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News Link • Gun Rights

Why more women are joining gun clubs to learn self-defense skills


Image: Why more women are joining gun clubs to learn self-defense skills

(Natural News) In some of the nation's most violent cities, far-Left Democratic mayors and city counsels continue to do all they can to make it more difficult for the vast majority of their law-abiding citizens to protect themselves with foolish gun control laws.

Despite their efforts, however — and thanks to recent federal and Supreme Court rulings upholding an individual's right to keep and bear arms under the Second Amendment — more Americans are taking advantage of the Constitution to protect themselves.

This is especially true for women, who have figured out the best "equalizer" in a conflict with bigger, stronger men is a firearm.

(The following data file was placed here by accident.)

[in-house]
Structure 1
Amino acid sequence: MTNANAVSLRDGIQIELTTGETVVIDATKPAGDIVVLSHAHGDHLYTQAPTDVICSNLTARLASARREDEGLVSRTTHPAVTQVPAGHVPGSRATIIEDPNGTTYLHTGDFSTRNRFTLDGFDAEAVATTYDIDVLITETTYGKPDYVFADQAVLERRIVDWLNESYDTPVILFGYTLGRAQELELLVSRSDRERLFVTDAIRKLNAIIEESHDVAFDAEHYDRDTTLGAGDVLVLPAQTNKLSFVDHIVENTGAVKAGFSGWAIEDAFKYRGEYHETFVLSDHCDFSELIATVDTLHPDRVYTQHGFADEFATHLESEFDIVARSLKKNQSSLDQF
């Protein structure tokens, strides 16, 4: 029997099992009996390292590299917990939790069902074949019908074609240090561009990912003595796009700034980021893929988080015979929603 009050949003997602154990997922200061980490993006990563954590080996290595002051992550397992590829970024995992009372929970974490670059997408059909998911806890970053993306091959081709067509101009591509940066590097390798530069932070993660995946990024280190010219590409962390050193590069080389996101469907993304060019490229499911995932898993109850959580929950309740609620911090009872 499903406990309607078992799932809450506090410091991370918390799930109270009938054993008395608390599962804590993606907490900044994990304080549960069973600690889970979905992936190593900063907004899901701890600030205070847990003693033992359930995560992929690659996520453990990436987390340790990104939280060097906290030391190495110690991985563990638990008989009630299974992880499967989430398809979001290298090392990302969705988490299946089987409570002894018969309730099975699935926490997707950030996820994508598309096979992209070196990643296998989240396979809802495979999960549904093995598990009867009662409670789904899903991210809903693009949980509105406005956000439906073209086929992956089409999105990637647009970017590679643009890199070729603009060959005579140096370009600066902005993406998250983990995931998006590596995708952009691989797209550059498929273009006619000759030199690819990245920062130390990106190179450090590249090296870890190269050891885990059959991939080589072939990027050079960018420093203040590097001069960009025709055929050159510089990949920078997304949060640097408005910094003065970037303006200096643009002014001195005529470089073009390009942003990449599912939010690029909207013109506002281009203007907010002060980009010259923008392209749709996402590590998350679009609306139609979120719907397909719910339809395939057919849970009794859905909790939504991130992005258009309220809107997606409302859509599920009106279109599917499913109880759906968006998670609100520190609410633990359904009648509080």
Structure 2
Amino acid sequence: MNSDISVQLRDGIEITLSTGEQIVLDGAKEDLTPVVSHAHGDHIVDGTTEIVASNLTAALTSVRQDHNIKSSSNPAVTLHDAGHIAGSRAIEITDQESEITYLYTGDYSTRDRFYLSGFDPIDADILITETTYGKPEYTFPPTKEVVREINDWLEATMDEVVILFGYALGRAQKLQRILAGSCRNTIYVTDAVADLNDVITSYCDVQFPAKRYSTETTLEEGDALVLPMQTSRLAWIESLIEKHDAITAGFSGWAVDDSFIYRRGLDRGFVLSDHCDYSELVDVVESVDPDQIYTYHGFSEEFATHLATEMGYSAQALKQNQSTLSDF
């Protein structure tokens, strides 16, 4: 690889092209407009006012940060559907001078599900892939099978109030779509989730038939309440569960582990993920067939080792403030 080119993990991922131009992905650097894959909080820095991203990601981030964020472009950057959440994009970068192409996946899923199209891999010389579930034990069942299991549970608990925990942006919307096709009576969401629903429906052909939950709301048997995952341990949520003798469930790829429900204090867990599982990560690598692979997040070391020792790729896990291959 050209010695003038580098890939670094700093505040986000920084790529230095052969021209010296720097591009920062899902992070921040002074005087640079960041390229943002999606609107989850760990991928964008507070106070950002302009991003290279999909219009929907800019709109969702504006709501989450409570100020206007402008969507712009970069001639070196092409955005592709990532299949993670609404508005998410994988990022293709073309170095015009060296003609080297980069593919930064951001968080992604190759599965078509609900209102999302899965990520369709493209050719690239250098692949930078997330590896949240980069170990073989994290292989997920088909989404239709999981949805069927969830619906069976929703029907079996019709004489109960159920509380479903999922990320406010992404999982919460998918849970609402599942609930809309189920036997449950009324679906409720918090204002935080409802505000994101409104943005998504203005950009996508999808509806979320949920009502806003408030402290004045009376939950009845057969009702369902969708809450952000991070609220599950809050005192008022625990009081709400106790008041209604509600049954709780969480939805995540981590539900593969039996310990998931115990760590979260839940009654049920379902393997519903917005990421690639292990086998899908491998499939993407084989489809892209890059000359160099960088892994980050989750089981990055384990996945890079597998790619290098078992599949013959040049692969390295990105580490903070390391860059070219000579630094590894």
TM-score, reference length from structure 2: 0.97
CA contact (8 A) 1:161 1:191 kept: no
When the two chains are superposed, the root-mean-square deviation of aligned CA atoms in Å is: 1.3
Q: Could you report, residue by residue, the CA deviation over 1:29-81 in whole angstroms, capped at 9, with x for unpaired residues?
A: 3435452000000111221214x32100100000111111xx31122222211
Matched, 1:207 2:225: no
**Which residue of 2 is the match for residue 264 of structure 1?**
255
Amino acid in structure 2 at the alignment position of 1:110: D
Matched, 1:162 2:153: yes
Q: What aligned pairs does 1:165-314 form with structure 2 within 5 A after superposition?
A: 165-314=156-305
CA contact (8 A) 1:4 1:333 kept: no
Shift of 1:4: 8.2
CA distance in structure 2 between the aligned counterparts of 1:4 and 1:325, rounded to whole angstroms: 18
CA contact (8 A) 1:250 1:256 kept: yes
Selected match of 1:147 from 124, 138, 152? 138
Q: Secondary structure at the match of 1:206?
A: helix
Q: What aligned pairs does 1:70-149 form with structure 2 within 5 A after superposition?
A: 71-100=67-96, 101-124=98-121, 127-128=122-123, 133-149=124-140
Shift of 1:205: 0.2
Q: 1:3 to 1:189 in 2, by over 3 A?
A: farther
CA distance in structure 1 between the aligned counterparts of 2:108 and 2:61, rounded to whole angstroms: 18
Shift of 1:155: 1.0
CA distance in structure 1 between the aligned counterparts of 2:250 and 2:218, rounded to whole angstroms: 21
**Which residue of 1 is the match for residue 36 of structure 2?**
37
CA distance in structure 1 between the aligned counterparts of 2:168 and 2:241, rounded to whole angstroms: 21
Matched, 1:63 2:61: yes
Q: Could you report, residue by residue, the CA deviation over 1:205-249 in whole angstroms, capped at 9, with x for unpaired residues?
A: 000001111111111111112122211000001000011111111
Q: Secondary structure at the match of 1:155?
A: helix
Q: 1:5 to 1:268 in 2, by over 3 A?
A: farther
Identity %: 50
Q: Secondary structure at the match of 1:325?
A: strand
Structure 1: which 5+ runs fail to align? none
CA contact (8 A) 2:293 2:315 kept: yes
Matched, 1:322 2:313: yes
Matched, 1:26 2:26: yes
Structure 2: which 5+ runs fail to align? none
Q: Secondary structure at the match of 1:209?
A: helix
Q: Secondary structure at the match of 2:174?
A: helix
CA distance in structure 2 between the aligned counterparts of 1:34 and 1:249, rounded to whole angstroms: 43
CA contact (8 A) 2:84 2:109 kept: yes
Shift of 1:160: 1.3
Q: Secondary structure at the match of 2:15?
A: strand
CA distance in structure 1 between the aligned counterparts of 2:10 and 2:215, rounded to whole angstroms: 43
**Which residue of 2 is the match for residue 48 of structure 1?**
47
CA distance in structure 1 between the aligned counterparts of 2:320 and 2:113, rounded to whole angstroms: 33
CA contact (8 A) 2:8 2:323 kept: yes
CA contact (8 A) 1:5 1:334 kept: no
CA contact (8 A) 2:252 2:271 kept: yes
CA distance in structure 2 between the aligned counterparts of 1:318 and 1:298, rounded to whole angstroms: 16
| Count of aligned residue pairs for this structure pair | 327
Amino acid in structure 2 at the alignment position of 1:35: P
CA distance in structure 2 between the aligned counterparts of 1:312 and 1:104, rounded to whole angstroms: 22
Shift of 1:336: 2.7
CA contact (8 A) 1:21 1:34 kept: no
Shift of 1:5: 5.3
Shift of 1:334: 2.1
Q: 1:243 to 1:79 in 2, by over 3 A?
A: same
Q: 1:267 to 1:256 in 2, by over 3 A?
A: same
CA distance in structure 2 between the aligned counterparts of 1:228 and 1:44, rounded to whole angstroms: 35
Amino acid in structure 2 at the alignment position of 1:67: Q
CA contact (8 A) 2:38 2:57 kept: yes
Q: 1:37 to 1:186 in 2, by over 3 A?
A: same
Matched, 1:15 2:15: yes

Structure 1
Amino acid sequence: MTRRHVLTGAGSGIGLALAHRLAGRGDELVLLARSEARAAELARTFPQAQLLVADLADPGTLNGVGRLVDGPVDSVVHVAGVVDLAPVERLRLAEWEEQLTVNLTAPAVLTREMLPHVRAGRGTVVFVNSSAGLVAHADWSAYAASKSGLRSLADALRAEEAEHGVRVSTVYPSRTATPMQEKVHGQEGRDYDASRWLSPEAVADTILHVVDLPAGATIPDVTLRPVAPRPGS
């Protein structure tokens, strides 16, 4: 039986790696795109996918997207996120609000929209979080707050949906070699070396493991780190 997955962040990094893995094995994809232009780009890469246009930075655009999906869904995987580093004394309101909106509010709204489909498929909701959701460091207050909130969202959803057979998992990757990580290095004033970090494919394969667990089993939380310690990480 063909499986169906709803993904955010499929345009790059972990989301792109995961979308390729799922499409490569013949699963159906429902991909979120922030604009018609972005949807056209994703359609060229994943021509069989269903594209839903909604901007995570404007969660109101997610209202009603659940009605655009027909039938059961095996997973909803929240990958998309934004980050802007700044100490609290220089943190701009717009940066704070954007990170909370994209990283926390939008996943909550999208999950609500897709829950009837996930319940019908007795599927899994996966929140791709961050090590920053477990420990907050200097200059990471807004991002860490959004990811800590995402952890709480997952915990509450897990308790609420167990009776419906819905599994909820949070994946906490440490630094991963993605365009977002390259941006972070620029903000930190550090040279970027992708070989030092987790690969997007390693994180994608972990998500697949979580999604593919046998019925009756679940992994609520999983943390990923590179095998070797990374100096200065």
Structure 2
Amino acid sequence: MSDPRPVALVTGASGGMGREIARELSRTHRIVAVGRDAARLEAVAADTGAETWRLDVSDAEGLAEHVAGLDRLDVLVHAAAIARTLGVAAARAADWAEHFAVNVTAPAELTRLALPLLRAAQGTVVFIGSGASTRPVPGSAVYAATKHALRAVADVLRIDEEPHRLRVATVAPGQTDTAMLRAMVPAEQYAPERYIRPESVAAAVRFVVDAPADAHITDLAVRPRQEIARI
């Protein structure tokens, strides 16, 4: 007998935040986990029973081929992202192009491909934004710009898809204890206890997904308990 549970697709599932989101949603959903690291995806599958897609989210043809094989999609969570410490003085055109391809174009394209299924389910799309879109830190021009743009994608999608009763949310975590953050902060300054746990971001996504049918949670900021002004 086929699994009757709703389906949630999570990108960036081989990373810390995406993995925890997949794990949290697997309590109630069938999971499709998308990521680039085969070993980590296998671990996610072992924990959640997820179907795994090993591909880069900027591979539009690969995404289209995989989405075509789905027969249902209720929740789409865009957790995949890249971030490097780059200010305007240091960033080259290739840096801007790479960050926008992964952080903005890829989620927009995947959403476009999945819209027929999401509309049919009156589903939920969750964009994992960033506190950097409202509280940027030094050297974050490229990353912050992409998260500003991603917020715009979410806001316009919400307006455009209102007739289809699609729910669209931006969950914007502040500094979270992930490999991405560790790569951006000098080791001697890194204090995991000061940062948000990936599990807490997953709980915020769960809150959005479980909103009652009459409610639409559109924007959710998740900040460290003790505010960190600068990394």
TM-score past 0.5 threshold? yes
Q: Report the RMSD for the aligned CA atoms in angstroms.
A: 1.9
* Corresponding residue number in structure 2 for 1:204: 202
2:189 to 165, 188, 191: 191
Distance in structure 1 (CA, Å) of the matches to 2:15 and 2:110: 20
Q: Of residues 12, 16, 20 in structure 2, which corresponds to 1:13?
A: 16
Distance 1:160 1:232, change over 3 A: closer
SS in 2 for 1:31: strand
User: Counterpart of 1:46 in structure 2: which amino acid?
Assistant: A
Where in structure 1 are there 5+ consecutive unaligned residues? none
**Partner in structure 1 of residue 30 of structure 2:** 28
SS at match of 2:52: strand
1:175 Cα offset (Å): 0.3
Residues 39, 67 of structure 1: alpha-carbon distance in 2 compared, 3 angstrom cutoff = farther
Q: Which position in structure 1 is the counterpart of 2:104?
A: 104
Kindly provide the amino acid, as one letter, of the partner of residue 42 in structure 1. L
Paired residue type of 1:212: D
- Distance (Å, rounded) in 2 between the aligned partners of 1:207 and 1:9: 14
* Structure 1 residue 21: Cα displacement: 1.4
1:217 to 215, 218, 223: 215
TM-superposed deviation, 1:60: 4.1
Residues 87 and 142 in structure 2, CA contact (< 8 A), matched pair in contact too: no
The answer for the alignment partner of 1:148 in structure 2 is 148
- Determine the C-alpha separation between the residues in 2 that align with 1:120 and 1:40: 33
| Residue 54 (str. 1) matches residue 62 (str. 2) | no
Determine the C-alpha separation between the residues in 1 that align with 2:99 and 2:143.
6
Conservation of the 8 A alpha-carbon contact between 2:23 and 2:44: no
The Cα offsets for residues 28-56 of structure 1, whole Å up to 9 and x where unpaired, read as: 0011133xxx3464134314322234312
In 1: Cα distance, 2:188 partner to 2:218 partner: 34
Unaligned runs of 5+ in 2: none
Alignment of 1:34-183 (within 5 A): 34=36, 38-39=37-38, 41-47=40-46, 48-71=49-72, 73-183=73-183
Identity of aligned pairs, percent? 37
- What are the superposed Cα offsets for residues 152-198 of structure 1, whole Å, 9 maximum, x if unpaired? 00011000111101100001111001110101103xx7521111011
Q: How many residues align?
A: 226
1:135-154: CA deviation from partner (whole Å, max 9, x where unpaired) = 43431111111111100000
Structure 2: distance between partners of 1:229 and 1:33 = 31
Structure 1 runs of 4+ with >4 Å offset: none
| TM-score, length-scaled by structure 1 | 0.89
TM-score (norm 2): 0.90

As reported by Agence France Presse, women in always-violent Chicago are particularly interested in arming up and learning how to use a firearm to defend themselves, and they range from the young to the old, including Marietta Crowder, 71.

"My husband influenced me and we thought about it a long time," she told AFP of her decision to pick up a gun and learn to use it at a suburban shooting range near Chicago. "Maybe you need a gun these days, in your house at least."

She lives in a gated community with her retired bank executive husband, so she is better protected than most. But that doesn't mean she isn't at risk in a city known for its spiraling gun violence.

Another retiree, Javondlynn Dunagan, developed the notion of creating firearms training courses specifically designed for women, as well as her "Ladies of Steel" gun club. Following their initial training and successful mastering of basic skills, the ladies meet twice a month to practice.

Dunagan was a parole officer for 25 years but rarely had a firearm when she dealt with parolees and convicts. However, she decided to start carrying one after she got divorced from her ex-husband, who is a police officer.

"I was at home by myself with my daughter, and I was used to having a firearm in a home with my husband," she told AFP. "So, I wanted to make sure that we were safe."

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